“Guess what?” says a dear friend of mine whom I haven’t seen for months. We live near each other but we’d both been so busy looking after our grandchildren before the “corni” virus that we hadn’t been able to find a spare minute for catch up over coffee. Owing to the present situation, it’s even more difficult to meet up. Thanks heavens for the phone!
“Tell me,” I say excitedly.
“I saw my granddaughter yesterday!”
Her voice is bubbling over with excitement. It turns out that her daughter, who lives two hours away, had driven over to a beach near her mum so they could see each other at a distance according to the new rules. Little ones, like my friend’s two-year-old granddaughter, don’t understand the two metre rule. So her daughter told her that granny had a bad cold and they could only wave at her.
“She ran towards me with open arms but my daughter had to hold her back,” she says. “It was so lovely to see her. She’d really grown! But afterwards, I went home and wept buckets.”
If that rings bells, you’re not alone…
I feel exactly the same emotions when I wave to my two grandchildren through the window or when they wave to me from the safety of the road as they walk by.
I know from my postbag, that many of you don’t live near enough to your grandchildren to do this. “I’ve learnt to get to grips with Skype and Facetime and What’s App,” says one reader from York whose teenage grandchildren live in Cornwall. “At first, I got quite tearful after our calls because it wasn’t the same as actually seeing them. But then I realised I was talking to them more than I had before the virus. So that’s one positive. What I’m really sad about is that they might not be able to make their usual summer trip up here. Instead, we’re hoping that life will be relaxed enough for them to come in October half-term.”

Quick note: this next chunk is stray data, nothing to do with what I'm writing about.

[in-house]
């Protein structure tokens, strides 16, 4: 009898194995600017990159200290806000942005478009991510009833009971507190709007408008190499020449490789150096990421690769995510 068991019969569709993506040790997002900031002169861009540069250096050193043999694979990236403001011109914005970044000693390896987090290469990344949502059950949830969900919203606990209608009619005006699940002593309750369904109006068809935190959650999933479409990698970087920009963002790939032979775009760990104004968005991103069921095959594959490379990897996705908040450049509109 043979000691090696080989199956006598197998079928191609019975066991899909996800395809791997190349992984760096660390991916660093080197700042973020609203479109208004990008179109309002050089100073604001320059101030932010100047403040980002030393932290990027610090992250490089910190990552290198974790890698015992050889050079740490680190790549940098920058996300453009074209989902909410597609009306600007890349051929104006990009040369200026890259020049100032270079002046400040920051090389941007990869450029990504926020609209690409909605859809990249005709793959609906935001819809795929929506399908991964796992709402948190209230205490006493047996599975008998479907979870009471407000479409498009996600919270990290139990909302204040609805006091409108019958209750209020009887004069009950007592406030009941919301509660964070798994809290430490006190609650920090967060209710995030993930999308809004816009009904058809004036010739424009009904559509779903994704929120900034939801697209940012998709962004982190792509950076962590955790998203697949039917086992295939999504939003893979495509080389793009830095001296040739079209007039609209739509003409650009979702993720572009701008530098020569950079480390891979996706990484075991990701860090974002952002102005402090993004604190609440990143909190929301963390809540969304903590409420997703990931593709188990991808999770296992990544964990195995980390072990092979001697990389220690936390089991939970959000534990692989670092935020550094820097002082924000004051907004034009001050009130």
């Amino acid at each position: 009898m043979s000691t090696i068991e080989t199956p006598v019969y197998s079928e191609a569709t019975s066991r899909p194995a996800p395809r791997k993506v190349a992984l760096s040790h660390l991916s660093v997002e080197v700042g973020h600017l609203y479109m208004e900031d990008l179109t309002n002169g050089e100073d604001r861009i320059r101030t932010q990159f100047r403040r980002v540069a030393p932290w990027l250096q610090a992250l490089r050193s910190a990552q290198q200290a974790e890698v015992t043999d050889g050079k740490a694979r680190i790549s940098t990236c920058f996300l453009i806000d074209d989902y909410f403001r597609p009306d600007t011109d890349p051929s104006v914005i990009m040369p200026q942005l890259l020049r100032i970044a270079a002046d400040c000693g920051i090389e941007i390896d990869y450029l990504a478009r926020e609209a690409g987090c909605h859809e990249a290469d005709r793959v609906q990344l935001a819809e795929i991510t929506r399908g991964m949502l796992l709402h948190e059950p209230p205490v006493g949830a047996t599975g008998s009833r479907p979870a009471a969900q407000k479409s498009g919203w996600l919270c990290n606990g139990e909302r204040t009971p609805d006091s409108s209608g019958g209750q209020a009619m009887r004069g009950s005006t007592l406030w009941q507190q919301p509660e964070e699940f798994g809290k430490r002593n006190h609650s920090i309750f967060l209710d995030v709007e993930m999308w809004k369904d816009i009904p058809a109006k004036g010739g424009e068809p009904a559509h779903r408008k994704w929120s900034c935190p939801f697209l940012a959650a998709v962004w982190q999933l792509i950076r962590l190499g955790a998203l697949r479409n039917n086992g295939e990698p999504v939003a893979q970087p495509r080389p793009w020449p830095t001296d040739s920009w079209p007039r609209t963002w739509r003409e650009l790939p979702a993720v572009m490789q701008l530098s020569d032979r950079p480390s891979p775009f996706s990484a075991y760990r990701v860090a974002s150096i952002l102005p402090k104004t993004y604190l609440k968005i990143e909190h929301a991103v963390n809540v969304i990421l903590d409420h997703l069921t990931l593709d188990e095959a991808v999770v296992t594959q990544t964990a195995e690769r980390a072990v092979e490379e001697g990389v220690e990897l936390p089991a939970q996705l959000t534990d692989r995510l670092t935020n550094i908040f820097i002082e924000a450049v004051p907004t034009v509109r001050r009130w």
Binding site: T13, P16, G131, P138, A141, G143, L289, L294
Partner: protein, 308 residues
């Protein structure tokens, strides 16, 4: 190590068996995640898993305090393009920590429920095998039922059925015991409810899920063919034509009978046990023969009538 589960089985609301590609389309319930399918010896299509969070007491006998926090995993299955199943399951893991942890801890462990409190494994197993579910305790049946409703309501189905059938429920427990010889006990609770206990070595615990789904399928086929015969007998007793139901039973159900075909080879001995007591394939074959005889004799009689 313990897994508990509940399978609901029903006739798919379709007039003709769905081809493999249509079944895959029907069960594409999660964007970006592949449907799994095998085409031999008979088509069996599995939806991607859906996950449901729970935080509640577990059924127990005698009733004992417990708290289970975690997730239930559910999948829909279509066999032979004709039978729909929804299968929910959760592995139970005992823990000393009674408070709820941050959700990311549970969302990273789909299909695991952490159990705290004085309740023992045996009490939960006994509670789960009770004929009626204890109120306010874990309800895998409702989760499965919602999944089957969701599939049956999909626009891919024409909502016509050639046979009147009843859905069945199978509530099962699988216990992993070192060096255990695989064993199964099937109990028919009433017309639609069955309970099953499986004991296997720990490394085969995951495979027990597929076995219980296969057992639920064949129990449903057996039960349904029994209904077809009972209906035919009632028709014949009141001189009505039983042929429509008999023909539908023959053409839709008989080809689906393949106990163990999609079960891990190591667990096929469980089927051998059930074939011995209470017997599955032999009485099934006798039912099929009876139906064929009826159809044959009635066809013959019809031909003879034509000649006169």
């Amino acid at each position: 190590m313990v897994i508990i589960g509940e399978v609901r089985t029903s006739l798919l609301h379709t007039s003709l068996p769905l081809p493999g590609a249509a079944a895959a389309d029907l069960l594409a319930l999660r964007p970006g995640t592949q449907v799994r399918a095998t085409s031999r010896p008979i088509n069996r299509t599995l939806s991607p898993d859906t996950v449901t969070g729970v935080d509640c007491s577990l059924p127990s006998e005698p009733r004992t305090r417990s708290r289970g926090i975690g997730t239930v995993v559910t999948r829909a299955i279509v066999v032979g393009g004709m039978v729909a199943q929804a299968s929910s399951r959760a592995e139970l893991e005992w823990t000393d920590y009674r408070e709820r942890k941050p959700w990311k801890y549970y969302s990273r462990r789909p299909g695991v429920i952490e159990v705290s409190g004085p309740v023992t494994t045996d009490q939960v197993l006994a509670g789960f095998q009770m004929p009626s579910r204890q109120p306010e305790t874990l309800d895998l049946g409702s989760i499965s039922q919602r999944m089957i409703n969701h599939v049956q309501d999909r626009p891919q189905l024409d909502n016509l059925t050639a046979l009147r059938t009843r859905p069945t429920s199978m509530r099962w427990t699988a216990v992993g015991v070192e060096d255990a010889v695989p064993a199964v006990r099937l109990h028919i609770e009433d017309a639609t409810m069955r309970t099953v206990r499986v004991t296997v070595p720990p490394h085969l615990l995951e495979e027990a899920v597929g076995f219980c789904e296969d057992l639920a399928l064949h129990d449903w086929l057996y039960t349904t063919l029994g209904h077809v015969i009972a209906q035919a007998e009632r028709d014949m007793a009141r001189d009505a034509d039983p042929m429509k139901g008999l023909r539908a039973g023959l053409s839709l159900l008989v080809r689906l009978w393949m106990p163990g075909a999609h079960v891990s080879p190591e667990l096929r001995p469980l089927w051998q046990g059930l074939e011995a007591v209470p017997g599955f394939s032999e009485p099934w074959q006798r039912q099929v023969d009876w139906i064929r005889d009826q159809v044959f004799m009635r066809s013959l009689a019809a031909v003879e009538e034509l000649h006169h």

And that’s the way to look at it, isn’t it? As grandparents, there are many things we can’t do any more. But there are others we can do instead. Below are some of the lovely emails I’ve received from readers. Most have understandably asked me not to use their names. But they were all happy to share their feelings with you and ask if anyone has got some answers to certain problems. I’ve made some suggestions below but if you’ve got any ideas that might help us all, please email me, email@example.com.
So here goes!
SOON TO BE GRANNY
“My daughter is giving birth in three weeks’ time. It will be my first grandchild and I’ve been so excited. Now I’m worried for their safety in hospital and also, perhaps selfishly, from my point of view. I don’t know when I’m going to be able to cuddle my new grandchild even though I only live half an hour away. I’m upset I’m going to miss out on those first weeks and even months of his or her life.”
“I’m sure all of us will sympathise. I have a friend in the same situation. She’s been making a baby album for her new grandson. She’s printed out pictures which her son and daughter-in-law have sent of the new baby. And she’s also put in pictures of herself, showing what she’s been doing during lockdown, such as gardening and reading and cleaning cupboards. As well as that, she’s included newspaper clippings. It will be a very special gift to give her grandson when she finally meets him – and a piece of history which he might well share with his own children in years to come. As for the safety side, maternity units are being extremely careful.”
MY GRANDCHILDREN LIVE WITH MY EX-DAUGHTER-IN-LAW
“My son and his wife divorced two years ago which was a great sadness to me. My grandchildren are aged 8 and 6. My son who lives near me always brought them over at weekends. But during lockdown, this hasn’t been possible. I don’t like to ring them because I don’t have a good relationship with my former daughter-in-law. I’m worried the children might think I don’t care for them any more.”